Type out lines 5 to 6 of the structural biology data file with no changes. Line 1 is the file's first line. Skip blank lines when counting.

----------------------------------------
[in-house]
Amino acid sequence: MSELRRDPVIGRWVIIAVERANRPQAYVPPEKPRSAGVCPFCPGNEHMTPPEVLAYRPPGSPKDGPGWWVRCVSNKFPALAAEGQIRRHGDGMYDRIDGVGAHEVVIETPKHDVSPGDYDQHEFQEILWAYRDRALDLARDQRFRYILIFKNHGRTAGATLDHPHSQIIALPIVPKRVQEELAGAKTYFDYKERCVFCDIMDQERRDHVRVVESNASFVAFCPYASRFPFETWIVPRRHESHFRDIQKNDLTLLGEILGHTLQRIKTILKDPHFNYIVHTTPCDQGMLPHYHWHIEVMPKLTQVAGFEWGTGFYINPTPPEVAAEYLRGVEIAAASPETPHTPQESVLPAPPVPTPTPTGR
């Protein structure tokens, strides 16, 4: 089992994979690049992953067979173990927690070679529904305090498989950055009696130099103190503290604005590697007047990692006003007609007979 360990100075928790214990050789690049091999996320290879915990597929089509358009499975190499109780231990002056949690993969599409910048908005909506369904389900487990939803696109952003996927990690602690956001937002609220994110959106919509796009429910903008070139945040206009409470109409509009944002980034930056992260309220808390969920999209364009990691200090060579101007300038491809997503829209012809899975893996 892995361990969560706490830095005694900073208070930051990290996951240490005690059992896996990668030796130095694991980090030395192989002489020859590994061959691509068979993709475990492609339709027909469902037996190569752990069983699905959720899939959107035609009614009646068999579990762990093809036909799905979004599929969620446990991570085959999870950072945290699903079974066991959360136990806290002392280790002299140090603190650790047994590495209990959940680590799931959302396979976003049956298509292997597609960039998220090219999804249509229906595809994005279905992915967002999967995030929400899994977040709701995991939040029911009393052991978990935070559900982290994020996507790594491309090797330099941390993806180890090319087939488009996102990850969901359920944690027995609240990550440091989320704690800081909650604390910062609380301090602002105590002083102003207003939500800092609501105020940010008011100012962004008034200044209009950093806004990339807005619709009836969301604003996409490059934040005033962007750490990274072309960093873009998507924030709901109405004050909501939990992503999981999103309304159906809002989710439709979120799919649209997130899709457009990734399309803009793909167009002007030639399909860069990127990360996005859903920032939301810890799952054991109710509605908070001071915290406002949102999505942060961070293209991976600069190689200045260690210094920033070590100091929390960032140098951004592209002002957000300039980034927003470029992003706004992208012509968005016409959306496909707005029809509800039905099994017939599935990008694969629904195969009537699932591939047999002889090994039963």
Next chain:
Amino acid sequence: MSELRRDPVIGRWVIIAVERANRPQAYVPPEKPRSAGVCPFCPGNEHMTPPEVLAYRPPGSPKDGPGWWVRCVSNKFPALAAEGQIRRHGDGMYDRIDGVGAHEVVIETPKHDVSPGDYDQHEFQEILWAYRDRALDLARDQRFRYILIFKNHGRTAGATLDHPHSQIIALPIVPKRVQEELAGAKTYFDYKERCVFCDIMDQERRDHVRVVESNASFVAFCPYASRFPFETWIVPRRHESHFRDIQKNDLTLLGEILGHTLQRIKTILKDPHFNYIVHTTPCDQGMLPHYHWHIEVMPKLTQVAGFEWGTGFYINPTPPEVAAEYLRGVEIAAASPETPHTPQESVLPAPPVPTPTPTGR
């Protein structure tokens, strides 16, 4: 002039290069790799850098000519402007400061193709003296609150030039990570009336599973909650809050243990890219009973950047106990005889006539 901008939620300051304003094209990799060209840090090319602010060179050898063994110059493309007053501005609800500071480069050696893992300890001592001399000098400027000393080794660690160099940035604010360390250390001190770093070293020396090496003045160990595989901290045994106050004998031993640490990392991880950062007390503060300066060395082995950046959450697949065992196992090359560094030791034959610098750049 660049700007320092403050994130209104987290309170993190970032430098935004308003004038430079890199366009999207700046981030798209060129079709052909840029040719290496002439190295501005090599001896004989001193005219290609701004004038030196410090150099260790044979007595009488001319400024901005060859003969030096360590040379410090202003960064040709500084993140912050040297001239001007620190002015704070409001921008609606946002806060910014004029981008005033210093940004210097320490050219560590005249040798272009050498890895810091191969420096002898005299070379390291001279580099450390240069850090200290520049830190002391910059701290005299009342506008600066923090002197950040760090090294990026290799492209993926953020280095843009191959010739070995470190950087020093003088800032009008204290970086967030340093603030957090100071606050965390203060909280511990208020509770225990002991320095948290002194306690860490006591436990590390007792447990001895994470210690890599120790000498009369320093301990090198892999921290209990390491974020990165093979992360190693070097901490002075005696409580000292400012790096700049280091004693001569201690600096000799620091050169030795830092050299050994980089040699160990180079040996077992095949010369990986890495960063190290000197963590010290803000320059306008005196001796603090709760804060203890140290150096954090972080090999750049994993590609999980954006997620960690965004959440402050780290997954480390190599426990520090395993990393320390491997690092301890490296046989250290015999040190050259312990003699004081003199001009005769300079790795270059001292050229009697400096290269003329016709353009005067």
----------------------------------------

Amino acid sequence: MSELRRDPVIGRWVIIAVERANRPQAYVPPEKPRSAGVCPFCPGNEHMTPPEVLAYRPPGSPKDGPGWWVRCVSNKFPALAAEGQIRRHGDGMYDRIDGVGAHEVVIETPKHDVSPGDYDQHEFQEILWAYRDRALDLARDQRFRYILIFKNHGRTAGATLDHPHSQIIALPIVPKRVQEELAGAKTYFDYKERCVFCDIMDQERRDHVRVVESNASFVAFCPYASRFPFETWIVPRRHESHFRDIQKNDLTLLGEILGHTLQRIKTILKDPHFNYIVHTTPCDQGMLPHYHWHIEVMPKLTQVAGFEWGTGFYINPTPPEVAAEYLRGVEIAAASPETPHTPQESVLPAPPVPTPTPTGR
């Protein structure tokens, strides 16, 4: 002039290069790799850098000519402007400061193709003296609150030039990570009336599973909650809050243990890219009973950047106990005889006539 901008939620300051304003094209990799060209840090090319602010060179050898063994110059493309007053501005609800500071480069050696893992300890001592001399000098400027000393080794660690160099940035604010360390250390001190770093070293020396090496003045160990595989901290045994106050004998031993640490990392991880950062007390503060300066060395082995950046959450697949065992196992090359560094030791034959610098750049 660049700007320092403050994130209104987290309170993190970032430098935004308003004038430079890199366009999207700046981030798209060129079709052909840029040719290496002439190295501005090599001896004989001193005219290609701004004038030196410090150099260790044979007595009488001319400024901005060859003969030096360590040379410090202003960064040709500084993140912050040297001239001007620190002015704070409001921008609606946002806060910014004029981008005033210093940004210097320490050219560590005249040798272009050498890895810091191969420096002898005299070379390291001279580099450390240069850090200290520049830190002391910059701290005299009342506008600066923090002197950040760090090294990026290799492209993926953020280095843009191959010739070995470190950087020093003088800032009008204290970086967030340093603030957090100071606050965390203060909280511990208020509770225990002991320095948290002194306690860490006591436990590390007792447990001895994470210690890599120790000498009369320093301990090198892999921290209990390491974020990165093979992360190693070097901490002075005696409580000292400012790096700049280091004693001569201690600096000799620091050169030795830092050299050994980089040699160990180079040996077992095949010369990986890495960063190290000197963590010290803000320059306008005196001796603090709760804060203890140290150096954090972080090999750049994993590609999980954006997620960690965004959440402050780290997954480390190599426990520090395993990393320390491997690092301890490296046989250290015999040190050259312990003699004081003199001009005769300079790795270059001292050229009697400096290269003329016709353009005067």